By Aliwassa Pathnadabutr
Managing Director of CBRE Thailand
Special to The Nation
Thailand will soon become an aged society with more than 20 per cent of the population estimated to reach 60 years old by 2022. Though we are still at the beginning of our journey, other developed countries have already established this industry and have learned what works for them and what doesn’t. Cultural differences will impact the way that each nation cares for the elderly and each nation will create a model slightly different from the each other.
In markets with established senior living developments, there are three primary categories which are Active / Independent Senior, Assisted Living, and Nursing Home Care. The various types will cater to different stages of life and the needs associated with those stages. Active adult residences are generally more like regular apartments with extra attention given to accessibility and on-site staff available to help in the event it is needed while nursing homes are for later years in life when more comprehensive and intensive care is needed to carry out regular daily activities.
Developments catering to expat retired seniors are plentiful and are mostly in the form of resort-style properties found in locations such as Pattaya, Phuket, Hua Hin, Bangkok, and Chiang Mai. Generally, these properties only cater to active seniors that can manage their day-to-day lives without any special personal assistance. On the other hand, for the Thai population, the senior living facilities are far and few between. The few existing schemes include assisted living and nursing homes. The most famous active senior homes that exist for Thais are generally for the lower end market. There are currently no selections of Active Senior Living developments for the middle to upper end of the market.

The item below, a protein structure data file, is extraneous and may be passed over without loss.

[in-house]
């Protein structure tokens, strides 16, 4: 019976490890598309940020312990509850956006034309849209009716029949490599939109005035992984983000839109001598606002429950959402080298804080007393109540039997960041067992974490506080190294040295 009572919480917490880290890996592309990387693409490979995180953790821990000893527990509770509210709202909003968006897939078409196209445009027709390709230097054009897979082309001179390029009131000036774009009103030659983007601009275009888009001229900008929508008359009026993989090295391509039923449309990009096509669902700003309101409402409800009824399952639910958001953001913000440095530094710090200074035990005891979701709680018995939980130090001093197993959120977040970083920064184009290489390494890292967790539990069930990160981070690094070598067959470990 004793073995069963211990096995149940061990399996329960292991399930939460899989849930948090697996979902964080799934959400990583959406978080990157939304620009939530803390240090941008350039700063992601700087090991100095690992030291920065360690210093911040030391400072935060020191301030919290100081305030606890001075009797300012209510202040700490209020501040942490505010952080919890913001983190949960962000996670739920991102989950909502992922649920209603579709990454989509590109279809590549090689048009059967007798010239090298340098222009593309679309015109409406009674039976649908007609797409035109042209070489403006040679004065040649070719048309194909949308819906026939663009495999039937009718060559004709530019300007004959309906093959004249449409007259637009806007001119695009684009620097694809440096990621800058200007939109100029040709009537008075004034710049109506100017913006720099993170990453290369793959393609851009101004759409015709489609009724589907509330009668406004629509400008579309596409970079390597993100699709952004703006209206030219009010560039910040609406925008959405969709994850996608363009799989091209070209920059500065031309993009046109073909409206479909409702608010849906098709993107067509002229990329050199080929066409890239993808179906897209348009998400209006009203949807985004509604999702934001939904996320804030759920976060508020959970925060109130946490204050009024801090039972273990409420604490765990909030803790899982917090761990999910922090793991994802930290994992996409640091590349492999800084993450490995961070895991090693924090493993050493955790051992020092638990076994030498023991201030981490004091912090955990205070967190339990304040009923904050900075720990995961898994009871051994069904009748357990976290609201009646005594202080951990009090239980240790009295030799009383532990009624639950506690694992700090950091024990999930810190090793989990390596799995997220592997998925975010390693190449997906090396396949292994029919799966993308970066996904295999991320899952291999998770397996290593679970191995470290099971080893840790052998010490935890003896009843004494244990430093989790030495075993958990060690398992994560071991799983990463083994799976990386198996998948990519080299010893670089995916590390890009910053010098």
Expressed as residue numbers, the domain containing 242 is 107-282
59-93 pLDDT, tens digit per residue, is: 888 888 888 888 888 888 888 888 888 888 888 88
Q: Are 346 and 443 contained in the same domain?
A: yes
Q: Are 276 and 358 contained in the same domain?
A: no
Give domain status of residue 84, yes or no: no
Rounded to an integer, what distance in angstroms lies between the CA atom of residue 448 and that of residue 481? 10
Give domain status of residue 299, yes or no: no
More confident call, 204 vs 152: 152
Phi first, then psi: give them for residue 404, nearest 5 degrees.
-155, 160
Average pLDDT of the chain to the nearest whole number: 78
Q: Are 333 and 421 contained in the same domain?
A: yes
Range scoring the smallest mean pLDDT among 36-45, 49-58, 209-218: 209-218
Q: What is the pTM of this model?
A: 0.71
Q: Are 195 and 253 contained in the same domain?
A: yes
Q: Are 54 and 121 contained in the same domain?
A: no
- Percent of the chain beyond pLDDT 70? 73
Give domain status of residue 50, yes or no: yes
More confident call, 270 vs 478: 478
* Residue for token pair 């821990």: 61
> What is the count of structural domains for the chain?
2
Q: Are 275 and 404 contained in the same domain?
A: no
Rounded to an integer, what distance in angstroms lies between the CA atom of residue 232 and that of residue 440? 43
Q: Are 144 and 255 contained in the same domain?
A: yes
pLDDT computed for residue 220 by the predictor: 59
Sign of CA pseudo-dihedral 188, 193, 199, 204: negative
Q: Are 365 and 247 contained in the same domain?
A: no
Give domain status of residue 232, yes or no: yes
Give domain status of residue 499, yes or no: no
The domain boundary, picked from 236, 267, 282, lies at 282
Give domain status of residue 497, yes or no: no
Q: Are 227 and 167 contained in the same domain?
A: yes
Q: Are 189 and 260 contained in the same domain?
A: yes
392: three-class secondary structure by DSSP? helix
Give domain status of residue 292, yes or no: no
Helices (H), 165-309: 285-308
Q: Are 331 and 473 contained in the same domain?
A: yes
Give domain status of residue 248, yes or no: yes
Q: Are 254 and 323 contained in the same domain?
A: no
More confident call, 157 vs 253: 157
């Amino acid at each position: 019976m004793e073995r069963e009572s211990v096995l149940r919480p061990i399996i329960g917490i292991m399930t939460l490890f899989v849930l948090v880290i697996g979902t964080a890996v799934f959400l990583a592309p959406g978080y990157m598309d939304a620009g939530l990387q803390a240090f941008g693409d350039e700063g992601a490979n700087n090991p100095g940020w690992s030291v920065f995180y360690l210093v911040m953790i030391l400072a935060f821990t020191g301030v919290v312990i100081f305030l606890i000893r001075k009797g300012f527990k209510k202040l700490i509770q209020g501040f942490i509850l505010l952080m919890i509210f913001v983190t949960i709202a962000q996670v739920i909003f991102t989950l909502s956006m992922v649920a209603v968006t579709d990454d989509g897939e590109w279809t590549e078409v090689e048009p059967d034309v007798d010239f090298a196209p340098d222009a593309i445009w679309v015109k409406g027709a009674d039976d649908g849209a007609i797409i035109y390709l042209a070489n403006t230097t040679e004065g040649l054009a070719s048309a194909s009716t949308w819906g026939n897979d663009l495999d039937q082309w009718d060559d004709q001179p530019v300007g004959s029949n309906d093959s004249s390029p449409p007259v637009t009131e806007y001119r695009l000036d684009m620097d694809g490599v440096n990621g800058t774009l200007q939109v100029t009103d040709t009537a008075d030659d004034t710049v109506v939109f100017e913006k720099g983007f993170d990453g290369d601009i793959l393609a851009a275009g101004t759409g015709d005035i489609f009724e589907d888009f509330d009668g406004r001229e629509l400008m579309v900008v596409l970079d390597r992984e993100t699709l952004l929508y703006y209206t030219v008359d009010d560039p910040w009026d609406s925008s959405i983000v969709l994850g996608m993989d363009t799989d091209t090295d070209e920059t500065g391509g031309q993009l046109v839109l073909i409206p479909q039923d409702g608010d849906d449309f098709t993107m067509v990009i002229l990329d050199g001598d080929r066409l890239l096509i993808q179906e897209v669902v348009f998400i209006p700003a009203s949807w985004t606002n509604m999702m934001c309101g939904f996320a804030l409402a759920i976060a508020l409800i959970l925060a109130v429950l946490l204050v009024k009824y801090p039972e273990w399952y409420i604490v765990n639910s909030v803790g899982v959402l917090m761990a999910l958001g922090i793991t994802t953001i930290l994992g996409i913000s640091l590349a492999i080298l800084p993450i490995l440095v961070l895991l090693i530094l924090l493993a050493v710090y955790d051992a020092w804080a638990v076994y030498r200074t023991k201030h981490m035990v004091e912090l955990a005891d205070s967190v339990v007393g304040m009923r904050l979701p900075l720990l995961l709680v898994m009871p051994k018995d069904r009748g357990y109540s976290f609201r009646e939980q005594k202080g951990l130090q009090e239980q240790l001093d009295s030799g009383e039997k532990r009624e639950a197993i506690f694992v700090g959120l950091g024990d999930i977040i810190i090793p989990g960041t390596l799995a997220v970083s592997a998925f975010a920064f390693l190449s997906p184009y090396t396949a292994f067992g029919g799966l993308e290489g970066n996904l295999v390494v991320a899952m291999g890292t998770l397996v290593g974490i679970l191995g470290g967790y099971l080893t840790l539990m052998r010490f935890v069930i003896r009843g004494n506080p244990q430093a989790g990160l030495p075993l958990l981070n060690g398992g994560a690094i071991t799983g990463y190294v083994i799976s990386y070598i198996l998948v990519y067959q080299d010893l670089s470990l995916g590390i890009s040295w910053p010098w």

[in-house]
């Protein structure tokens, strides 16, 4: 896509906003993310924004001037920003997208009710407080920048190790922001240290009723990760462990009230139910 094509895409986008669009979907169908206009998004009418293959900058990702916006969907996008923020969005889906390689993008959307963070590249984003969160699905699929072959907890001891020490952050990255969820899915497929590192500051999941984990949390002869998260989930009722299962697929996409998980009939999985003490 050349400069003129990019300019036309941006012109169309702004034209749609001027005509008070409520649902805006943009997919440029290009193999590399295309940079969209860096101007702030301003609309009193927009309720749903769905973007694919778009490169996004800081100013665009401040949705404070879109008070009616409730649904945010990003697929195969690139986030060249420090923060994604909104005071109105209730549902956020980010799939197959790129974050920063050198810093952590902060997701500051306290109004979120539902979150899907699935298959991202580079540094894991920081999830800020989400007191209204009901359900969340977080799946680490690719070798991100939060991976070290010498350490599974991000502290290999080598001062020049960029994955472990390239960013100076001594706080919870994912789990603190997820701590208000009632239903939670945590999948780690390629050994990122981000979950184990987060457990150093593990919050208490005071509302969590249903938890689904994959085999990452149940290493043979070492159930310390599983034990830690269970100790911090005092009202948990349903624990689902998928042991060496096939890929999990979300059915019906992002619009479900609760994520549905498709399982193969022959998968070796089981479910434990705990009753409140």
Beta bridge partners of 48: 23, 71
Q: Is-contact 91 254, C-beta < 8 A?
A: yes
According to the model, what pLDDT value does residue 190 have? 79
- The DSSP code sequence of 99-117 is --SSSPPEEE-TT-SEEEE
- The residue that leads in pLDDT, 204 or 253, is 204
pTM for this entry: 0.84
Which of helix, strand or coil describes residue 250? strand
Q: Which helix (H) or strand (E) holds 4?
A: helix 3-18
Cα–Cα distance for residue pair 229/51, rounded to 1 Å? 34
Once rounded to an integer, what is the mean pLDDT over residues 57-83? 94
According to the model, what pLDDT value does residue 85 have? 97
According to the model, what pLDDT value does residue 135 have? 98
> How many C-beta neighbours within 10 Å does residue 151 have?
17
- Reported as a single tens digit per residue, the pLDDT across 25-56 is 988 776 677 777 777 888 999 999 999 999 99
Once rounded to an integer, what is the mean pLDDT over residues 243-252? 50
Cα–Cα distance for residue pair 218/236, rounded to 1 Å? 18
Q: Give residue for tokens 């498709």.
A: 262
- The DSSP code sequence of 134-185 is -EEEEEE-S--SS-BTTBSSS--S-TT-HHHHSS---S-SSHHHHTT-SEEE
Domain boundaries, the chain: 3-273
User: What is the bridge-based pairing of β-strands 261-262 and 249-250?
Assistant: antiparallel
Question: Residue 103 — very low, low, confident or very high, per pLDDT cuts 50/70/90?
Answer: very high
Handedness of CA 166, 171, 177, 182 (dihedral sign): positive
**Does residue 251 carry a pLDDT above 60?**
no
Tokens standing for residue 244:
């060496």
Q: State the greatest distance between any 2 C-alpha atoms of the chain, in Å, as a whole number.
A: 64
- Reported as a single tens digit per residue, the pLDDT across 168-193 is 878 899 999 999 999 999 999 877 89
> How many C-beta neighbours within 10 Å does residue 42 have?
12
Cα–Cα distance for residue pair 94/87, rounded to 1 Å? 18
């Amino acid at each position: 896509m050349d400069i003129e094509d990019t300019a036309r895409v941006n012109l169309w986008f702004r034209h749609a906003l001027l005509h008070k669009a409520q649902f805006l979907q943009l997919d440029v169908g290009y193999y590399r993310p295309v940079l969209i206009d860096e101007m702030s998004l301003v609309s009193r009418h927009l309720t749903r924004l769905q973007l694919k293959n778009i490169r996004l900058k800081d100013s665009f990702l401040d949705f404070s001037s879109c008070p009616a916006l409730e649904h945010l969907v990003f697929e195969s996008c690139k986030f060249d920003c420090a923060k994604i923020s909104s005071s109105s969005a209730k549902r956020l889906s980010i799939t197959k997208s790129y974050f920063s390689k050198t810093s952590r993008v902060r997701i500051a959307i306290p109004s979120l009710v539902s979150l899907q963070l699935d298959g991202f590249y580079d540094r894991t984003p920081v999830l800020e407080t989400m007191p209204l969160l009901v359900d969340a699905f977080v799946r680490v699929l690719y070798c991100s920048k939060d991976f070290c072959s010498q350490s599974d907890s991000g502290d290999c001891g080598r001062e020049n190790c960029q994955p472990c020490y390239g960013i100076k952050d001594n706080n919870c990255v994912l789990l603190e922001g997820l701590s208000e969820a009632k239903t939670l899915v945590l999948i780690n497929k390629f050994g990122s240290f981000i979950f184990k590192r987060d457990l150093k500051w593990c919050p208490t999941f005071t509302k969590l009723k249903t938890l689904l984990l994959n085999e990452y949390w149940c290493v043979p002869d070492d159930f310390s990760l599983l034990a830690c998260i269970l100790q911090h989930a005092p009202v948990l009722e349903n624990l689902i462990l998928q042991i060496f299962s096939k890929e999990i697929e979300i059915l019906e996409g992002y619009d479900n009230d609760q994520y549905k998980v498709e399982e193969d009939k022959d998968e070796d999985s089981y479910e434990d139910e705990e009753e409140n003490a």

CBRE believes that Thai culture may be a limiting factor for the senior living developments as most Thai elders prefer to live with their families. However, this may change in the future due to decreasing birth rates and children’s migration to urban centers in search for work. The result is that there is going to be an increase of seniors that either have no children to look after them or who’s children are not capable of looking after their parent’s due to work and life requirements. Even today around 50 per cent of seniors do not live in the same town as their children and approximately 16 per cent have no living children at all. For now, senior living developments
is not a market that many developers have not tapped due to the complication of implementation; however, as the general housing market eventually peaks, senior housing needs may grow out of a niche and into a mainstream market big enough that some pioneering developers will create solutions for implementation.
It is a matter of defining the balance between Thai cultural tradition and a housing model that will serve the needs of a generation of seniors with no children to depend on. We do not believe models which work in the West copied in Thailand would necessarily be appropriate solutions for Thai culture, especially for the upper end of the market. But we do believe that individuals reaching senior age, with no one to depend on, will begin looking for a place with a community that they can feel safe in and cared for.